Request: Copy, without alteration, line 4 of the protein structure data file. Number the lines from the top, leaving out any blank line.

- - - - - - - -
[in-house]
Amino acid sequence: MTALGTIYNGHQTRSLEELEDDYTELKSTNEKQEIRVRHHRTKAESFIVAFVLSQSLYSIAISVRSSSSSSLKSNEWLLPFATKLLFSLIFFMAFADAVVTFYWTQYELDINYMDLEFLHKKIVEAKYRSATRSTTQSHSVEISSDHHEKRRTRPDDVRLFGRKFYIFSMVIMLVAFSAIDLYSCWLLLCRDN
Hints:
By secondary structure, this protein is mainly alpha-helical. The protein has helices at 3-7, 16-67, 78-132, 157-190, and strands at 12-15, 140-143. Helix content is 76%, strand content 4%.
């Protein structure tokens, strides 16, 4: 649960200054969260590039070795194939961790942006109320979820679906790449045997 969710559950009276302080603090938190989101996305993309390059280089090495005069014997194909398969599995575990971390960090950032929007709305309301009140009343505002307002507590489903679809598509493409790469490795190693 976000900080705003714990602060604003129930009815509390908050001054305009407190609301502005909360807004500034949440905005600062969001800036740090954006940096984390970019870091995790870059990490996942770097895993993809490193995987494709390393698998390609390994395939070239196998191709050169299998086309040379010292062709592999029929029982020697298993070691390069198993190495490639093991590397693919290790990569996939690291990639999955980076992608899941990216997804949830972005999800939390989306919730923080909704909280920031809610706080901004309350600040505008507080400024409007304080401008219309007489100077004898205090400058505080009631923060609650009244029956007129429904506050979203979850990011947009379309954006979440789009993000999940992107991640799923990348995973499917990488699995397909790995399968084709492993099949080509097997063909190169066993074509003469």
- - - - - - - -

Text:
By secondary structure, this protein is mainly alpha-helical. The protein has helices at 3-7, 16-67, 78-132, 157-190, and strands at 12-15, 140-143. Helix content is 76%, strand content 4%.